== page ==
Hiking along the Edge: North Fork Mountain Trail and Chimney Top

Honestly, it is nice when all of your hikes are full of clear-blue skies, breathtaking views, and challenging terrain.... but two out of three, in this case, ain't bad at all.

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Not too far from the scenic standbys of West Virginia's Potomac Highlands--Dolly Sods, Seneca Rocks, and Spruce Knob--stands the monolithic ridgeline that is North Fork Mountain. 
North Fork Mountain, proper, stretches like a tuscarora sandstone spine some 30 miles. It begins at the North Fork Gap, near Petersburg, WV and heads south to Dry Run Gap. For about 24 of these miles--from the North Fork Gap until the point where US Route 33 crosses the ridge--the North Fork Mountain Trail climbs to and runs along the crest. A solid set of topo maps for the entire trail can be found here.

Think of it as walking along the cusp of one long westbound wave--one side is moderately sloped with a dry yet lively forest and the other, sometimes only a few strides of the trail, is a rocky, windblown face that lets you see miles of rolling Appalachian hills.

It's also relatively secluded: along the whole stretch of trail there are only three access points other than the terminal trailheads. During my four Saturday-hours on the trail I saw only a handful of groups. At Chimney Top I saw no one.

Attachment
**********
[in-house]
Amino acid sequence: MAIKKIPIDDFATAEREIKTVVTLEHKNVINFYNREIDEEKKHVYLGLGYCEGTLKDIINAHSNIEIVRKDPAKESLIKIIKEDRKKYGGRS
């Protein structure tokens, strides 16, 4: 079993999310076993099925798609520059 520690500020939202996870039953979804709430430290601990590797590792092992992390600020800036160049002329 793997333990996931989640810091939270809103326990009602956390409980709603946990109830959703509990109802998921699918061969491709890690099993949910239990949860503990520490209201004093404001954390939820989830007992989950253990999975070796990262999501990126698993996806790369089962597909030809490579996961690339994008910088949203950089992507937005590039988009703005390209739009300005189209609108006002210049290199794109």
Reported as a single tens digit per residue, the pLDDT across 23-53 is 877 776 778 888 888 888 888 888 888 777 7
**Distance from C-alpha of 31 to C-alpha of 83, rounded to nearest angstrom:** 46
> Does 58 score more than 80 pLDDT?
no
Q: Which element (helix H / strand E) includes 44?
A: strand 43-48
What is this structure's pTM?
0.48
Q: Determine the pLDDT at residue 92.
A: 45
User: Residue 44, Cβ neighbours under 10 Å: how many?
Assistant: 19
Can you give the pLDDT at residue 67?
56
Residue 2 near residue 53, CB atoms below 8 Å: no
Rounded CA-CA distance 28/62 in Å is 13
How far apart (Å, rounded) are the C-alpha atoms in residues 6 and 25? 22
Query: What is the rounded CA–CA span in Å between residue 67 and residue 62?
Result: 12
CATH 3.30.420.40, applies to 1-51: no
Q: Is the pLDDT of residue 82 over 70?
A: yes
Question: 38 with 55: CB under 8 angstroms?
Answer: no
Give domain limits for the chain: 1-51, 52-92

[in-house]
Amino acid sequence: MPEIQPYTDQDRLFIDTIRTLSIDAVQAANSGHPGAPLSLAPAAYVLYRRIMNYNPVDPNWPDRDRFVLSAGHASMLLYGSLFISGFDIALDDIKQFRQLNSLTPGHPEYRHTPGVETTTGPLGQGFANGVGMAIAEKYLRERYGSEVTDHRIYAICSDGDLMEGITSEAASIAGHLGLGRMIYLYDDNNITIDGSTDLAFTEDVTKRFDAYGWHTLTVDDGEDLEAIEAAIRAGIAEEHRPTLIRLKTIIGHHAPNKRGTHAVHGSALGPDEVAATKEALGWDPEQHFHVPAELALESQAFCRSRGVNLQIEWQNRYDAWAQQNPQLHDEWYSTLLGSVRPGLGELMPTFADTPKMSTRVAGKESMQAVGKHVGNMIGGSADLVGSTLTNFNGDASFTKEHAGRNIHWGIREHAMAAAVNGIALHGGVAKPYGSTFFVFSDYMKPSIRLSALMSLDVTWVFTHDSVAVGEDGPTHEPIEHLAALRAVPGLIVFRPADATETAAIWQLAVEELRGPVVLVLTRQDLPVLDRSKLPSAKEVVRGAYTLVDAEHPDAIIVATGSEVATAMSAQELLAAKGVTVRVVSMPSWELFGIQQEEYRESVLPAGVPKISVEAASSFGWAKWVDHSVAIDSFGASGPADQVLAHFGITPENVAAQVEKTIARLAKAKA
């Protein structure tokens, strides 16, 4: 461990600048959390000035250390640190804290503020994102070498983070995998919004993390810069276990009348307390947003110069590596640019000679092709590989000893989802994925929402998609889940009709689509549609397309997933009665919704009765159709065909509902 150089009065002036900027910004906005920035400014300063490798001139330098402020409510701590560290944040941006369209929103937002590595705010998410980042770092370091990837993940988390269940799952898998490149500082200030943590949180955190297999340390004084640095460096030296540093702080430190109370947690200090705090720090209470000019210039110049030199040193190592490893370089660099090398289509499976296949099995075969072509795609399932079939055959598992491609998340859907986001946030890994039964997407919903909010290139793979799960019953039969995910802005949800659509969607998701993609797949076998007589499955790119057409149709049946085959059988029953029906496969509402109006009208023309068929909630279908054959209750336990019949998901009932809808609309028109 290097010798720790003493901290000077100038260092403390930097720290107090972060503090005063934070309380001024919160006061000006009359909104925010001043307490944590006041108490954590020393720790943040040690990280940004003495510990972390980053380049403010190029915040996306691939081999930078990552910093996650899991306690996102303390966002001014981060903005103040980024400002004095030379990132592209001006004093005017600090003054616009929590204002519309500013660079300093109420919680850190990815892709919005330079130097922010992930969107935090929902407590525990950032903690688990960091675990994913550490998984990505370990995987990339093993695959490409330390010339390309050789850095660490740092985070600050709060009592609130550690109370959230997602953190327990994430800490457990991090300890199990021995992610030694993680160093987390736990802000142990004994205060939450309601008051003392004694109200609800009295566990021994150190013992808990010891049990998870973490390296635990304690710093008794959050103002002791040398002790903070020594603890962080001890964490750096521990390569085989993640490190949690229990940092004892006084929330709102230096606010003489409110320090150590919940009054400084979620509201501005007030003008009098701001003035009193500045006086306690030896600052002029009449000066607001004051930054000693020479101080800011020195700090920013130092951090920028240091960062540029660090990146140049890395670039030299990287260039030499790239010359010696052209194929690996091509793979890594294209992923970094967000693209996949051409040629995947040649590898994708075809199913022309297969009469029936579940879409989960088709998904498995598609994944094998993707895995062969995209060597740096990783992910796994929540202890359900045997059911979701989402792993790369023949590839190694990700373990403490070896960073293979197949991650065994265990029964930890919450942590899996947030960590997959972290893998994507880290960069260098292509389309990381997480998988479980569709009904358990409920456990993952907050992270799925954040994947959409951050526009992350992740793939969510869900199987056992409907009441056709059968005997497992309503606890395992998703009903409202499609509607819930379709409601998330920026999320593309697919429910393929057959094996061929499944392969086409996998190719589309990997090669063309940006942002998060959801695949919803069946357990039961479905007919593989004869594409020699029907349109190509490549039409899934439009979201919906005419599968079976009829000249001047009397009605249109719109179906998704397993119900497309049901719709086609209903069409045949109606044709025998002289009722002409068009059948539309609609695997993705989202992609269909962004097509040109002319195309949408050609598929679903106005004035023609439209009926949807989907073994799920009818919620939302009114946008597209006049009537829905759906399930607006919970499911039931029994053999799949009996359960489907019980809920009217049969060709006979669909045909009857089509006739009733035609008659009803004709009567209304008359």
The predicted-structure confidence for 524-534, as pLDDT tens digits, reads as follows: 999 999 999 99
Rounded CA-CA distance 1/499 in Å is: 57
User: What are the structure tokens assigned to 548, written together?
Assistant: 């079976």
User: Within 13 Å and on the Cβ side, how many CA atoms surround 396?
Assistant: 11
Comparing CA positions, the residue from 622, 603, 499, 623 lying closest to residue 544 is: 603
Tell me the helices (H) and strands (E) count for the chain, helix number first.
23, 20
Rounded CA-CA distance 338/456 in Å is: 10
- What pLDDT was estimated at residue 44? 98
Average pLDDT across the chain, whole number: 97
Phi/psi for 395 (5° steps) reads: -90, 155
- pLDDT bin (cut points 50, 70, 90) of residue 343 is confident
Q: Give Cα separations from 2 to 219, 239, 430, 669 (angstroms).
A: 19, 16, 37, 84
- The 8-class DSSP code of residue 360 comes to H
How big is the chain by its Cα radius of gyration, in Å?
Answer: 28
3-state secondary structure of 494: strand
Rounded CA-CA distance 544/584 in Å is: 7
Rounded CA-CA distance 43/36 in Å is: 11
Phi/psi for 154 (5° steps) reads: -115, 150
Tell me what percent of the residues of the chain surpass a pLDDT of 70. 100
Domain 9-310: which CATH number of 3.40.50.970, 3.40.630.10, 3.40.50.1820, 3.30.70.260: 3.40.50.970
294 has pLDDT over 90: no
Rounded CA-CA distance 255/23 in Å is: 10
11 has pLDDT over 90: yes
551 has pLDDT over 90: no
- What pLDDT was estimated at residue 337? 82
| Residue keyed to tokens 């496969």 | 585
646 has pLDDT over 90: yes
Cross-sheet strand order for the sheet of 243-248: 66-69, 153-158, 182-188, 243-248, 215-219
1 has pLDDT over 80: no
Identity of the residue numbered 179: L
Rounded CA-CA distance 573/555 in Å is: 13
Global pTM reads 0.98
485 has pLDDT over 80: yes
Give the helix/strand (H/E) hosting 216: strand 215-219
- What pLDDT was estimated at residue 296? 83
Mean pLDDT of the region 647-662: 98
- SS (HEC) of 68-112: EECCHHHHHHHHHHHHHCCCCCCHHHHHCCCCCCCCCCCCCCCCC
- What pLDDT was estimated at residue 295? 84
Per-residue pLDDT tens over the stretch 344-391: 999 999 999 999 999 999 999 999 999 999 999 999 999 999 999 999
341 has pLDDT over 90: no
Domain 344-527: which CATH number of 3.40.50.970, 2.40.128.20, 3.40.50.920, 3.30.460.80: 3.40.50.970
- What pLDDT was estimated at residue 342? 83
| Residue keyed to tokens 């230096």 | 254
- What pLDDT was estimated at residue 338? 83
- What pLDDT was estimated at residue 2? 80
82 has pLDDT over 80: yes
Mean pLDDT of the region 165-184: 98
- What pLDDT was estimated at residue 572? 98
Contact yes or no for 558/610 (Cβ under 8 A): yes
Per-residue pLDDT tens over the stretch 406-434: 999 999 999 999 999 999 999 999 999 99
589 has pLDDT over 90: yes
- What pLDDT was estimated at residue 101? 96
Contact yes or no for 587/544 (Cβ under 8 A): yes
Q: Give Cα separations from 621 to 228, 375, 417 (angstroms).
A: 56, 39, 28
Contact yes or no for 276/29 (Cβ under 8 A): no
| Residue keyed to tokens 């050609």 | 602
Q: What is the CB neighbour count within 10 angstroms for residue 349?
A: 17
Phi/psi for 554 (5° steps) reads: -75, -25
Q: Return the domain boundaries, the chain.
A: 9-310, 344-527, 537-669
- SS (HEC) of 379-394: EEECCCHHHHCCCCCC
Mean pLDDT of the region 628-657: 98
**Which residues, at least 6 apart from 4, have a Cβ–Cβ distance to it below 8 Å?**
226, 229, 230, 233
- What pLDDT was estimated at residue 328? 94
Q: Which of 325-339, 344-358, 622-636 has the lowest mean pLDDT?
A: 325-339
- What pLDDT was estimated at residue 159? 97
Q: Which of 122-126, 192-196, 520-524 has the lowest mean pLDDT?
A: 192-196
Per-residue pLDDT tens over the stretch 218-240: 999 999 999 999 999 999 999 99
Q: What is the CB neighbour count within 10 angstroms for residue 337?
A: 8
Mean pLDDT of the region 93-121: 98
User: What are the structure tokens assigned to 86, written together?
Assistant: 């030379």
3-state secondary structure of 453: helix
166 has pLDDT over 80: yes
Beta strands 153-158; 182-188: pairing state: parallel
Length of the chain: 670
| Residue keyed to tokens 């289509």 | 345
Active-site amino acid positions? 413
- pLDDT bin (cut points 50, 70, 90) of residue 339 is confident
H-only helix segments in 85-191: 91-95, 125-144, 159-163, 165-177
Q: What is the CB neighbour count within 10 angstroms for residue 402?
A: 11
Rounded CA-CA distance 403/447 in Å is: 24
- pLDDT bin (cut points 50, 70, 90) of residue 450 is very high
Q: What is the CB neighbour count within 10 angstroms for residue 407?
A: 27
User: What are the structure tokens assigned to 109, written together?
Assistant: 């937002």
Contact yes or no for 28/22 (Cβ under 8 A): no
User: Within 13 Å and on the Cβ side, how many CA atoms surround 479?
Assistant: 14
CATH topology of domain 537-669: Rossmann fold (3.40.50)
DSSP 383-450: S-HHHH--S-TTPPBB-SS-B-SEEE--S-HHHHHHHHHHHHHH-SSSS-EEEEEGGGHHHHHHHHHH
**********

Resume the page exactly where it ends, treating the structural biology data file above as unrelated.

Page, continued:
As I mentioned, for much of the North Fork Mountain Trail you are privy to an unusually dry Appalachian ecosystem: the positioning of the taller Allegheny Front directly to the west causes weather systems to drop most of their precipitation before they reach the mountain. As a result, forest fires occasionally occur. Some readily-seen evidence of this are the charred portions of stumps and standing trees periodically found along the trail.

Charred tree trunk surrounded by mountain laurel.
Detailed view of charred tree trunk. Embedded spider web can be seen.
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Starting from the northern end there is a small parking lot on the right hand side of Smoke Hole Road (CR 28/11). From there the trail steadily climbs along a handful of switchbacks.

One of the unique things about this stretch of trail is the ability to see the change in forest type as you climb the mountain. Initially the forest is hardwood dominate, oaks and such, and at this time of year very little underbrush. 

I was treated with few splashes of color from some wildflowers. Below are the Shooting Star, Carolina Spring Beauty, and Wild Stonecrop.

Three fully opened blooms of a purple Shooting Star.
Two full blooms of a Carolina Spring Beauty. Petals are soft white with thing lavender stripes.
Three long clusters of small, white, Wild Stonecrop blossums.


Next up is the transition to a mix of pines and hardwoods. Some mountain laurel starts to creep in and take over patches of ground, and, in parts of the higher elevations, fluffy bunches of pale green and white "reindeer" lichen seem to foam up from the ground.

A narrow trail winds through mountain laurel and various kinds of hardwood and pine trees. North Fork Mountain Trail, West Virginia
Narrow, rocky footpath climbs up and to the right through mountain laurel. North Fork Mountain Trial, West Virginia.